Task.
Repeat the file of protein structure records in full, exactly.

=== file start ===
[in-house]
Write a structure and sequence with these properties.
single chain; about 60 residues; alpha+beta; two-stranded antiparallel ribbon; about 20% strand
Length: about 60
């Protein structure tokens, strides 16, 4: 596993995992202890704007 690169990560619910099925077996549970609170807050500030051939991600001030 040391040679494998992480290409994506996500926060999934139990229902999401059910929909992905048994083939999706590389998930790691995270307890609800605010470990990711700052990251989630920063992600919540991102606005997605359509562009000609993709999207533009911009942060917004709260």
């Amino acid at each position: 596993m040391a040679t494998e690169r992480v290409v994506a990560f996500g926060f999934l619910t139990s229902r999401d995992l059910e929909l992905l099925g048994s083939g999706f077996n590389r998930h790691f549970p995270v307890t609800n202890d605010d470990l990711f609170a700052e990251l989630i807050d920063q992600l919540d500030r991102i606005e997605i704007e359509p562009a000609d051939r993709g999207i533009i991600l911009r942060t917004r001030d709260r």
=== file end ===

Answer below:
[in-house]
Write a structure and sequence with these properties.
single chain; about 60 residues; alpha+beta; two-stranded antiparallel ribbon; about 20% strand
Length: about 60
């Protein structure tokens, strides 16, 4: 596993995992202890704007 690169990560619910099925077996549970609170807050500030051939991600001030 040391040679494998992480290409994506996500926060999934139990229902999401059910929909992905048994083939999706590389998930790691995270307890609800605010470990990711700052990251989630920063992600919540991102606005997605359509562009000609993709999207533009911009942060917004709260």
């Amino acid at each position: 596993m040391a040679t494998e690169r992480v290409v994506a990560f996500g926060f999934l619910t139990s229902r999401d995992l059910e929909l992905l099925g048994s083939g999706f077996n590389r998930h790691f549970p995270v307890t609800n202890d605010d470990l990711f609170a700052e990251l989630i807050d920063q992600l919540d500030r991102i606005e997605i704007e359509p562009a000609d051939r993709g999207i533009i991600l911009r942060t917004r001030d709260r």